When celebrated English novelist Anthony Trollope toured Australia 150 years ago he described Tasmania as the 'beautiful island, the sweetest in climate, the loveliest in scenery, the richest in harbours and rivers'. It is easy to see why the early settlers, hailing mainly from the British Isles, felt so much at home there; it is the Australian state closest in geography and climate to the northern hemisphere lands that they knew. They settled and built significant Georgian mansions from local sandstone and set about growing and selling wool to insatiable international markets.
In Great Properties of Tasmania, Richard Allen and Kimbal Baker take readers inside eighteen private estates-from the rich Midlands region to the northwest, along the Fingal Valley in the east and to the south of the island. They explore the histories of the families who have lived there and describe the farming practices that today's generations employ. Many properties are owned by sixth- and seventh-generation farmers, and most continue to run sheep and cattle, while others are involved in different markets- whiskey and gin distilling, wine-making and growing poppies, fruit and vegetables.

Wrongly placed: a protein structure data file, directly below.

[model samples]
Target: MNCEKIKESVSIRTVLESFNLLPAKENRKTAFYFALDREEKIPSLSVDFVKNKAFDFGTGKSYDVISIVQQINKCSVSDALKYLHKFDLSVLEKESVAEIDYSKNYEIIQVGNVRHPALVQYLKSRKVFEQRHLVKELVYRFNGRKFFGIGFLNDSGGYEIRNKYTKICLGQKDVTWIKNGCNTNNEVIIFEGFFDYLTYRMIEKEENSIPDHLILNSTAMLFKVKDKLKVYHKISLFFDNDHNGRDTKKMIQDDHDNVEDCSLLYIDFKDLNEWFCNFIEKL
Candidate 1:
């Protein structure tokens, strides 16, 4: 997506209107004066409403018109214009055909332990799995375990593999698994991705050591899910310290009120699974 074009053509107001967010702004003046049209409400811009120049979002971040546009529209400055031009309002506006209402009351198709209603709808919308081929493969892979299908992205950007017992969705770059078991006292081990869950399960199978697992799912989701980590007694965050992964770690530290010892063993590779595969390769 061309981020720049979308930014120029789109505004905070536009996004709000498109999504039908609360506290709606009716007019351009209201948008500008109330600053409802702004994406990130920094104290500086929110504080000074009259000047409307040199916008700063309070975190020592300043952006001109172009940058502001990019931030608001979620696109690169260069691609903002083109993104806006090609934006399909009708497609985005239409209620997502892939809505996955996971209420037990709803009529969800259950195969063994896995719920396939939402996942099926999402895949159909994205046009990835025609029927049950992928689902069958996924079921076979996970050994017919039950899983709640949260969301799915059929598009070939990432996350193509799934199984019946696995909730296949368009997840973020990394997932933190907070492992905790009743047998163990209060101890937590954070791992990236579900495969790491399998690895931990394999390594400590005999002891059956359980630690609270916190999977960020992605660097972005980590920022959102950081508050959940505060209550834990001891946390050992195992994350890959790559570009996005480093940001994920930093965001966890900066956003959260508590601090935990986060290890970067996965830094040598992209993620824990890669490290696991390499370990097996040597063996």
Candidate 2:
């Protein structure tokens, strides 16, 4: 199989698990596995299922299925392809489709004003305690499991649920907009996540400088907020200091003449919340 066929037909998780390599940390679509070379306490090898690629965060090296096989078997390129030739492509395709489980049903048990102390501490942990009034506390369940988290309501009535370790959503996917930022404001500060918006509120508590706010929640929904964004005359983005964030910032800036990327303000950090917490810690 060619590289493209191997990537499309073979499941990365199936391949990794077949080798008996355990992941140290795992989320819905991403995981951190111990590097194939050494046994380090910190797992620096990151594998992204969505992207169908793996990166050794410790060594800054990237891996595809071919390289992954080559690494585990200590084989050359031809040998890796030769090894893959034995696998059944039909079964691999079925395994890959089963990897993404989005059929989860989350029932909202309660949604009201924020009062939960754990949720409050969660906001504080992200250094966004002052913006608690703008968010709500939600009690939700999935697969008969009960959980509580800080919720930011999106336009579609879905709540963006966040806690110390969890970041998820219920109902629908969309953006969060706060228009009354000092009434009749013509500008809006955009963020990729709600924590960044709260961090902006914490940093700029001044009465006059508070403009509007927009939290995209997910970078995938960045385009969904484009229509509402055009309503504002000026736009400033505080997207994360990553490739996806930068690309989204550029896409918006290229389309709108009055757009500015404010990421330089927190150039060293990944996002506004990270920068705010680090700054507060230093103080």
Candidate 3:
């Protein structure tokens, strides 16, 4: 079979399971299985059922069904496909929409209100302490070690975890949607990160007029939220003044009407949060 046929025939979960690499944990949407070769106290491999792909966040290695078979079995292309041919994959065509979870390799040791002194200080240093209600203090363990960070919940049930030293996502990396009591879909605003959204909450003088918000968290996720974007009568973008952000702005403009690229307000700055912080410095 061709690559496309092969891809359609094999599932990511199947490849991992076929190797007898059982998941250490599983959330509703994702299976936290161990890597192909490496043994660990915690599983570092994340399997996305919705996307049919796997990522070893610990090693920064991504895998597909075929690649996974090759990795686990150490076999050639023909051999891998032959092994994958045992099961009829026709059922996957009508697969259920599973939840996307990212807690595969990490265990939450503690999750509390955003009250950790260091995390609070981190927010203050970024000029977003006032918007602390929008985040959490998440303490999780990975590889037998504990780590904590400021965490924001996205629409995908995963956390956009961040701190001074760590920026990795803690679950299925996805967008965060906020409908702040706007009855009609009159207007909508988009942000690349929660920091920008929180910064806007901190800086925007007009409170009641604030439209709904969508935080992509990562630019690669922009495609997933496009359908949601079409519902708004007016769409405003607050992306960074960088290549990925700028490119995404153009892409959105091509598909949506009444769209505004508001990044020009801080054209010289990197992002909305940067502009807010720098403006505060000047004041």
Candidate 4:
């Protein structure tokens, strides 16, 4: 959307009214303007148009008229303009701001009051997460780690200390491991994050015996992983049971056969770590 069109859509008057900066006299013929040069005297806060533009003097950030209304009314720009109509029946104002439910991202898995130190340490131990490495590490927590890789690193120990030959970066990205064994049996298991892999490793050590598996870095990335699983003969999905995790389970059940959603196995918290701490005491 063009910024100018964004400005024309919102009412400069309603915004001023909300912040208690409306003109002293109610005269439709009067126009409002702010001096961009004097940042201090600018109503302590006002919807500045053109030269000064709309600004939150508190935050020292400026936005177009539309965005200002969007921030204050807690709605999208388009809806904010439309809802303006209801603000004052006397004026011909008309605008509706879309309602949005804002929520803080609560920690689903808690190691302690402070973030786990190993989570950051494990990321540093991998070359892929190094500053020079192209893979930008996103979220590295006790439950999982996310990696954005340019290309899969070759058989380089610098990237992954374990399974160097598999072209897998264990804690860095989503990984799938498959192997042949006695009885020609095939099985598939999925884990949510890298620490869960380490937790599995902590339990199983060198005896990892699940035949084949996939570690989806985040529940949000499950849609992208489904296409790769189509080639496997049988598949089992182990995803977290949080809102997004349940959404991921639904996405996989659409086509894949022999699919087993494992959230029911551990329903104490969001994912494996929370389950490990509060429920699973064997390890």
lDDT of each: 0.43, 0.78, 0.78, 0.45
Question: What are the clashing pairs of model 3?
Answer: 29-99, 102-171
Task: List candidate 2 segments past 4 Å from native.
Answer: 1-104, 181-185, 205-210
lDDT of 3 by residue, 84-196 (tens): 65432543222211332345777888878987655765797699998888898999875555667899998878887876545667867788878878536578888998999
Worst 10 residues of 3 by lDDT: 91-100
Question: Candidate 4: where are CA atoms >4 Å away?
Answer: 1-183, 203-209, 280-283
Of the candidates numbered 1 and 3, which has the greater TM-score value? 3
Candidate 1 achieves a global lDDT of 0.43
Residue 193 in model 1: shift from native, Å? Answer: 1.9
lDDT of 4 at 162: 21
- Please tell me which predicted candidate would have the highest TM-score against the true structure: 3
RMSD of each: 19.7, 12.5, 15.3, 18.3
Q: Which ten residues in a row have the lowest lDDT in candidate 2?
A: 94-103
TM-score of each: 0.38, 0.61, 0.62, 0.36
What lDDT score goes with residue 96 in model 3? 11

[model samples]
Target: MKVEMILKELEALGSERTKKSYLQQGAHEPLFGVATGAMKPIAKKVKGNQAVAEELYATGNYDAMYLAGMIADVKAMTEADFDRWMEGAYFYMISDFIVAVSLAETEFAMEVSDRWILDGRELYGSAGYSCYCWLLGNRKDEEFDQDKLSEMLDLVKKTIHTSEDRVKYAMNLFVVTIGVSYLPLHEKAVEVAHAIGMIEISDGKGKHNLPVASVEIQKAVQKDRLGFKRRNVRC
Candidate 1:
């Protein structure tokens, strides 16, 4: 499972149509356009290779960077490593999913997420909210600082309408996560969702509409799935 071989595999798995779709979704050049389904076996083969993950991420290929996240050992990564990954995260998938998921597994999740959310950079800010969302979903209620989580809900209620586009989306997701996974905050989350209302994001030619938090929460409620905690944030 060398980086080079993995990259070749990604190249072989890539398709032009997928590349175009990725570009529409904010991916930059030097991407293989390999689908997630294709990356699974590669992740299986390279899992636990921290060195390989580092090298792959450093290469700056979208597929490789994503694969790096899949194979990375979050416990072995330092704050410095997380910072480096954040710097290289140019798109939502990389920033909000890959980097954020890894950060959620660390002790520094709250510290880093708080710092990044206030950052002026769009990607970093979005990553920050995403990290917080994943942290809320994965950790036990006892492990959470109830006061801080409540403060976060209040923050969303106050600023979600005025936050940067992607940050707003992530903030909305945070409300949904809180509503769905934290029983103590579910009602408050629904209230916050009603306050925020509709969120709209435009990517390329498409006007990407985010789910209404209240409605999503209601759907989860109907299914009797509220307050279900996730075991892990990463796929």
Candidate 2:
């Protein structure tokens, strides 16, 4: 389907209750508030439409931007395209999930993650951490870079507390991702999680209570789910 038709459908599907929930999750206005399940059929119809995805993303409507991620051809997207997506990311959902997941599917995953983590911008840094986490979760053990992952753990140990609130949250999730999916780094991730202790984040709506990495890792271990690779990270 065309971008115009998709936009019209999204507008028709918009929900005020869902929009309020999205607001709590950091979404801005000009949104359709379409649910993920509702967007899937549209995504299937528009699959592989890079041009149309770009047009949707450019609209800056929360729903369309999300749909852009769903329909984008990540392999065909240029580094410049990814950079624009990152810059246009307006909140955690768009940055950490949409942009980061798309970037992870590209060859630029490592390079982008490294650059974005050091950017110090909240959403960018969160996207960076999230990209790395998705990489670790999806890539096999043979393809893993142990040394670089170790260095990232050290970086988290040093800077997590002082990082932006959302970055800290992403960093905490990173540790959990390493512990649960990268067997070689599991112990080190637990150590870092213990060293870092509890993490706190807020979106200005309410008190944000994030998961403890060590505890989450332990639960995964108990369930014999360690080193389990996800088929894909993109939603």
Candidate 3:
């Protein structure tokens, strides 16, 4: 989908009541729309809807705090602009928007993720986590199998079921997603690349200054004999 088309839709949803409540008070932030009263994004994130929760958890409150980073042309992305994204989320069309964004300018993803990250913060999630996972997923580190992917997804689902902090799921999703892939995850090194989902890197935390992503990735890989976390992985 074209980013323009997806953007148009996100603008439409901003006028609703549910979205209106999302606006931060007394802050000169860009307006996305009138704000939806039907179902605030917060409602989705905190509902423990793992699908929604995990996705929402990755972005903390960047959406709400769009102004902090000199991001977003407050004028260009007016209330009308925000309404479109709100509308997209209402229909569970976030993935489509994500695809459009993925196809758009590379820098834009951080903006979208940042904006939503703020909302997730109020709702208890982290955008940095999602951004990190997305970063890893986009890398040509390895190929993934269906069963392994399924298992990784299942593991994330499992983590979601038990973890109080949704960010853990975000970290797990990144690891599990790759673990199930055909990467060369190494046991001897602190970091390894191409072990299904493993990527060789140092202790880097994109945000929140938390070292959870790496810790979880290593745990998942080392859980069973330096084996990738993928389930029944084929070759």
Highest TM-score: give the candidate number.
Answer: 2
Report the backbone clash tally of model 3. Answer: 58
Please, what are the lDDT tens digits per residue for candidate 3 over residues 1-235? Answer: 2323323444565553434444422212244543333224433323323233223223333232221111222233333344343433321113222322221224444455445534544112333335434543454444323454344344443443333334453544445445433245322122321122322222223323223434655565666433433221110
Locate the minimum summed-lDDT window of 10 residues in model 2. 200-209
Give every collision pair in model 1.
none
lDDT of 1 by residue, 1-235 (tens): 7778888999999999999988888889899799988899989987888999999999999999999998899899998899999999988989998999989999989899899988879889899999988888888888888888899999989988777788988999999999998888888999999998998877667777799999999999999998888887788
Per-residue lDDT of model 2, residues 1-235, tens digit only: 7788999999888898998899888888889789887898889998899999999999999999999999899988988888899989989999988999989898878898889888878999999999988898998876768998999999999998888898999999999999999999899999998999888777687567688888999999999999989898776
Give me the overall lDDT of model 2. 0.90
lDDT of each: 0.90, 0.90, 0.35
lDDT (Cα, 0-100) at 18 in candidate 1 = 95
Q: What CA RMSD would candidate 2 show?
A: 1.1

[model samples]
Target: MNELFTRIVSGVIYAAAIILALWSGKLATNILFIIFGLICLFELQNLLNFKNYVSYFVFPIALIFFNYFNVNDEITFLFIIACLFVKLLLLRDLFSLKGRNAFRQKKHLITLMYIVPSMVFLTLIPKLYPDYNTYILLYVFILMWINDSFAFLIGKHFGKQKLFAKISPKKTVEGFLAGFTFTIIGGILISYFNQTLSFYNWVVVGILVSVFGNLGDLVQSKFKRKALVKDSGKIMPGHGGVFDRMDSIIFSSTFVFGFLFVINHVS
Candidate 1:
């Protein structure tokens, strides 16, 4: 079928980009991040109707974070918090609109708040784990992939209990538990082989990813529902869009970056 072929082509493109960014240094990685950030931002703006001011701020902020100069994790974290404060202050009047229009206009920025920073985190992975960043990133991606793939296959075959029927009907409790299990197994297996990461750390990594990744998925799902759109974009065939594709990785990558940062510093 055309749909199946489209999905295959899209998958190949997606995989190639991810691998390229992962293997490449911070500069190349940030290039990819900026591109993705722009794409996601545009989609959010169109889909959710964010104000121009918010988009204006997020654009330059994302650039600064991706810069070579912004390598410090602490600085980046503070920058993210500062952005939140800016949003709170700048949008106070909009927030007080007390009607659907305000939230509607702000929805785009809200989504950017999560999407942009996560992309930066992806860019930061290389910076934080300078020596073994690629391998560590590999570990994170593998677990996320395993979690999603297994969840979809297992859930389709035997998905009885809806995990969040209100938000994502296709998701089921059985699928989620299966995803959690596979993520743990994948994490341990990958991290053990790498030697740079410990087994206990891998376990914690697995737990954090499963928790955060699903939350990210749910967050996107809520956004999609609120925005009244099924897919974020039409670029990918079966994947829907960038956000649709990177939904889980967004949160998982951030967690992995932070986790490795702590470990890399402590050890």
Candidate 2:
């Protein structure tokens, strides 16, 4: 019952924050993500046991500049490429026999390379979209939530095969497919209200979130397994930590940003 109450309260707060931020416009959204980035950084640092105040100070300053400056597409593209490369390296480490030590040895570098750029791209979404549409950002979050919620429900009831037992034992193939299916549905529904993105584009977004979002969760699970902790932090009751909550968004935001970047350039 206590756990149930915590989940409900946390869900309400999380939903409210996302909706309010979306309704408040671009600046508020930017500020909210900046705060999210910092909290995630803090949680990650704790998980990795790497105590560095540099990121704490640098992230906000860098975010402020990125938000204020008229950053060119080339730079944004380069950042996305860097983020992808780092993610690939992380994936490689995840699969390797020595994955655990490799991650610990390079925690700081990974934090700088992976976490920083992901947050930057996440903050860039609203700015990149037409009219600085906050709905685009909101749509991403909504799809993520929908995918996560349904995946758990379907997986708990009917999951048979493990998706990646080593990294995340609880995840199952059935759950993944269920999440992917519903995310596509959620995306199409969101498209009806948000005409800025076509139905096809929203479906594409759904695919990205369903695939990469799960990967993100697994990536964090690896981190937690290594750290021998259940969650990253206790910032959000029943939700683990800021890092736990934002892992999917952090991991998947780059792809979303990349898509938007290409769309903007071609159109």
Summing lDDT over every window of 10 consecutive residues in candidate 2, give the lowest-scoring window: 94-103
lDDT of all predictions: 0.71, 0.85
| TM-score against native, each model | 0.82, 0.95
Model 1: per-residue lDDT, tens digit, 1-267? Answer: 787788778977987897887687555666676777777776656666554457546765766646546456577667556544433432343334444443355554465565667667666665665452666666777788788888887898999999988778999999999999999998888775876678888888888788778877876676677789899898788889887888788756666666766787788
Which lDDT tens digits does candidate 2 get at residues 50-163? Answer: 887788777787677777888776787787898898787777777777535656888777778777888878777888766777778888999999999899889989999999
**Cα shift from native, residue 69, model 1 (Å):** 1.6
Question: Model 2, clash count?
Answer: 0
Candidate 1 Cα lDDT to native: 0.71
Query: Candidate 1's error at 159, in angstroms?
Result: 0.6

Great Properties of Tasmania is a celebration of key rural estates in Australia's smallest, most tightly held and arguably most beautiful state.
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